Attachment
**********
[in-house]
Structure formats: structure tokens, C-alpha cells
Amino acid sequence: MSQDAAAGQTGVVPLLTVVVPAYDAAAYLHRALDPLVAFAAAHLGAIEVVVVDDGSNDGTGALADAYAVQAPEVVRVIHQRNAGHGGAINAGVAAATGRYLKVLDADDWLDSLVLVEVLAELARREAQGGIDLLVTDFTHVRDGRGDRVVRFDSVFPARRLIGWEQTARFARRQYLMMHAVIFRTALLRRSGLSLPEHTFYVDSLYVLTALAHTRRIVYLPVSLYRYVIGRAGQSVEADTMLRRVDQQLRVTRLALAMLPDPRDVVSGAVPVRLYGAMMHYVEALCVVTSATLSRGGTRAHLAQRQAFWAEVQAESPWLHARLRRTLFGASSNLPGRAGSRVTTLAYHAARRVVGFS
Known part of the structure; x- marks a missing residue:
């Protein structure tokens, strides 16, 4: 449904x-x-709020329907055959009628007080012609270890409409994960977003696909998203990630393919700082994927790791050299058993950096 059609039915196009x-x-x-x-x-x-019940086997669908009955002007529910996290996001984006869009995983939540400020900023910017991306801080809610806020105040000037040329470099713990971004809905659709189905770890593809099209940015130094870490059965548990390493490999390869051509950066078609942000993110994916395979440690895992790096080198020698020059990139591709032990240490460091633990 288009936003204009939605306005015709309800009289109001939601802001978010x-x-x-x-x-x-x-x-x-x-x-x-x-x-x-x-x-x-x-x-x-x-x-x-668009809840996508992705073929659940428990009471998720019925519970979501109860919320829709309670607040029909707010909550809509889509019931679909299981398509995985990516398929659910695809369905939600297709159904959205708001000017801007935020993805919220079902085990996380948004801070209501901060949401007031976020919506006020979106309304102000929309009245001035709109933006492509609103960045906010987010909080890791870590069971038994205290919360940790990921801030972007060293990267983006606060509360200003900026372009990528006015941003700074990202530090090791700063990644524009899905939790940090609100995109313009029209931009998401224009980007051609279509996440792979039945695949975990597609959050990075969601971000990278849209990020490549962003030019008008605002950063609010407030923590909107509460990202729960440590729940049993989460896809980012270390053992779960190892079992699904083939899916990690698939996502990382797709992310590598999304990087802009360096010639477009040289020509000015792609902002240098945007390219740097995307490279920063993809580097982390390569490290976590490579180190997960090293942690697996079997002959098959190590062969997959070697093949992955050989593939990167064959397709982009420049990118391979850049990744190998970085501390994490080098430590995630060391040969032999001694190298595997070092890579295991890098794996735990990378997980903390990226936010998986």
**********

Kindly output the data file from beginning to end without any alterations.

[in-house]
Structure formats: structure tokens, C-alpha cells
Amino acid sequence: MSQDAAAGQTGVVPLLTVVVPAYDAAAYLHRALDPLVAFAAAHLGAIEVVVVDDGSNDGTGALADAYAVQAPEVVRVIHQRNAGHGGAINAGVAAATGRYLKVLDADDWLDSLVLVEVLAELARREAQGGIDLLVTDFTHVRDGRGDRVVRFDSVFPARRLIGWEQTARFARRQYLMMHAVIFRTALLRRSGLSLPEHTFYVDSLYVLTALAHTRRIVYLPVSLYRYVIGRAGQSVEADTMLRRVDQQLRVTRLALAMLPDPRDVVSGAVPVRLYGAMMHYVEALCVVTSATLSRGGTRAHLAQRQAFWAEVQAESPWLHARLRRTLFGASSNLPGRAGSRVTTLAYHAARRVVGFS
Known part of the structure; x- marks a missing residue:
């Protein structure tokens, strides 16, 4: 449904x-x-709020329907055959009628007080012609270890409409994960977003696909998203990630393919700082994927790791050299058993950096 059609039915196009x-x-x-x-x-x-019940086997669908009955002007529910996290996001984006869009995983939540400020900023910017991306801080809610806020105040000037040329470099713990971004809905659709189905770890593809099209940015130094870490059965548990390493490999390869051509950066078609942000993110994916395979440690895992790096080198020698020059990139591709032990240490460091633990 288009936003204009939605306005015709309800009289109001939601802001978010x-x-x-x-x-x-x-x-x-x-x-x-x-x-x-x-x-x-x-x-x-x-x-x-668009809840996508992705073929659940428990009471998720019925519970979501109860919320829709309670607040029909707010909550809509889509019931679909299981398509995985990516398929659910695809369905939600297709159904959205708001000017801007935020993805919220079902085990996380948004801070209501901060949401007031976020919506006020979106309304102000929309009245001035709109933006492509609103960045906010987010909080890791870590069971038994205290919360940790990921801030972007060293990267983006606060509360200003900026372009990528006015941003700074990202530090090791700063990644524009899905939790940090609100995109313009029209931009998401224009980007051609279509996440792979039945695949975990597609959050990075969601971000990278849209990020490549962003030019008008605002950063609010407030923590909107509460990202729960440590729940049993989460896809980012270390053992779960190892079992699904083939899916990690698939996502990382797709992310590598999304990087802009360096010639477009040289020509000015792609902002240098945007390219740097995307490279920063993809580097982390390569490290976590490579180190997960090293942690697996079997002959098959190590062969997959070697093949992955050989593939990167064959397709982009420049990118391979850049990744190998970085501390994490080098430590995630060391040969032999001694190298595997070092890579295991890098794996735990990378997980903390990226936010998986």